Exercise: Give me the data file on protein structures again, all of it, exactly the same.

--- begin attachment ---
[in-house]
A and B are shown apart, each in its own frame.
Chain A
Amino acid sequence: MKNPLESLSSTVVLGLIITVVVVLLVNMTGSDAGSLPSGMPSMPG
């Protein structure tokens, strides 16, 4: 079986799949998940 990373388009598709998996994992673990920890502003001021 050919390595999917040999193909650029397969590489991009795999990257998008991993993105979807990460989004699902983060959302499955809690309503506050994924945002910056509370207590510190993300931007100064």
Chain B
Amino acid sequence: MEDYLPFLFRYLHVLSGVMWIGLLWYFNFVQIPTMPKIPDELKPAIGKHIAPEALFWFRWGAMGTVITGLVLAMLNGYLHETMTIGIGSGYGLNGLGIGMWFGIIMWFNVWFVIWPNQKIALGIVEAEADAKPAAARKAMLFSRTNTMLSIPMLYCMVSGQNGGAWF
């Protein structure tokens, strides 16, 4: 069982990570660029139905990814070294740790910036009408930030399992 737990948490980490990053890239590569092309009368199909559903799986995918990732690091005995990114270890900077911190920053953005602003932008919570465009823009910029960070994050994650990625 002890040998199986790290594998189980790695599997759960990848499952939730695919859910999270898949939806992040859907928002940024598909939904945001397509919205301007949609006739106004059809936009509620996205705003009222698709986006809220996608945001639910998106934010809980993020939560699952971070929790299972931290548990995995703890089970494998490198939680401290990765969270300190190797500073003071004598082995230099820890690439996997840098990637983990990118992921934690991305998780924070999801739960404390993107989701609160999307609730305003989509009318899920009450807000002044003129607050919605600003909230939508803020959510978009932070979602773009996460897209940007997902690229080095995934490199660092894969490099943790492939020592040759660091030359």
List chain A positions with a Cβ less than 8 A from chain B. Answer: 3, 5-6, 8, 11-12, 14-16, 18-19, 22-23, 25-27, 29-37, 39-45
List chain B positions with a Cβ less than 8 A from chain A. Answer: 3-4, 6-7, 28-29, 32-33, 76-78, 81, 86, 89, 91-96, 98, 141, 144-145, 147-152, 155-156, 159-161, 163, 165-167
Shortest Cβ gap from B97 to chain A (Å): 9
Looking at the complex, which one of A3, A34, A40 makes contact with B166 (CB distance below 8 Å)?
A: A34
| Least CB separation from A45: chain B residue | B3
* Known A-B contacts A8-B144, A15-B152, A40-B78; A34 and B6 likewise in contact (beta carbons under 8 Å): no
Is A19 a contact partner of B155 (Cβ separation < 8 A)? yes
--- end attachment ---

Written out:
[in-house]
A and B are shown apart, each in its own frame.
Chain A
Amino acid sequence: MKNPLESLSSTVVLGLIITVVVVLLVNMTGSDAGSLPSGMPSMPG
């Protein structure tokens, strides 16, 4: 079986799949998940 990373388009598709998996994992673990920890502003001021 050919390595999917040999193909650029397969590489991009795999990257998008991993993105979807990460989004699902983060959302499955809690309503506050994924945002910056509370207590510190993300931007100064």
Chain B
Amino acid sequence: MEDYLPFLFRYLHVLSGVMWIGLLWYFNFVQIPTMPKIPDELKPAIGKHIAPEALFWFRWGAMGTVITGLVLAMLNGYLHETMTIGIGSGYGLNGLGIGMWFGIIMWFNVWFVIWPNQKIALGIVEAEADAKPAAARKAMLFSRTNTMLSIPMLYCMVSGQNGGAWF
């Protein structure tokens, strides 16, 4: 069982990570660029139905990814070294740790910036009408930030399992 737990948490980490990053890239590569092309009368199909559903799986995918990732690091005995990114270890900077911190920053953005602003932008919570465009823009910029960070994050994650990625 002890040998199986790290594998189980790695599997759960990848499952939730695919859910999270898949939806992040859907928002940024598909939904945001397509919205301007949609006739106004059809936009509620996205705003009222698709986006809220996608945001639910998106934010809980993020939560699952971070929790299972931290548990995995703890089970494998490198939680401290990765969270300190190797500073003071004598082995230099820890690439996997840098990637983990990118992921934690991305998780924070999801739960404390993107989701609160999307609730305003989509009318899920009450807000002044003129607050919605600003909230939508803020959510978009932070979602773009996460897209940007997902690229080095995934490199660092894969490099943790492939020592040759660091030359």
List chain A positions with a Cβ less than 8 A from chain B. Answer: 3, 5-6, 8, 11-12, 14-16, 18-19, 22-23, 25-27, 29-37, 39-45
List chain B positions with a Cβ less than 8 A from chain A. Answer: 3-4, 6-7, 28-29, 32-33, 76-78, 81, 86, 89, 91-96, 98, 141, 144-145, 147-152, 155-156, 159-161, 163, 165-167
Shortest Cβ gap from B97 to chain A (Å): 9
Looking at the complex, which one of A3, A34, A40 makes contact with B166 (CB distance below 8 Å)?
A: A34
| Least CB separation from A45: chain B residue | B3
* Known A-B contacts A8-B144, A15-B152, A40-B78; A34 and B6 likewise in contact (beta carbons under 8 Å): no
Is A19 a contact partner of B155 (Cβ separation < 8 A)? yes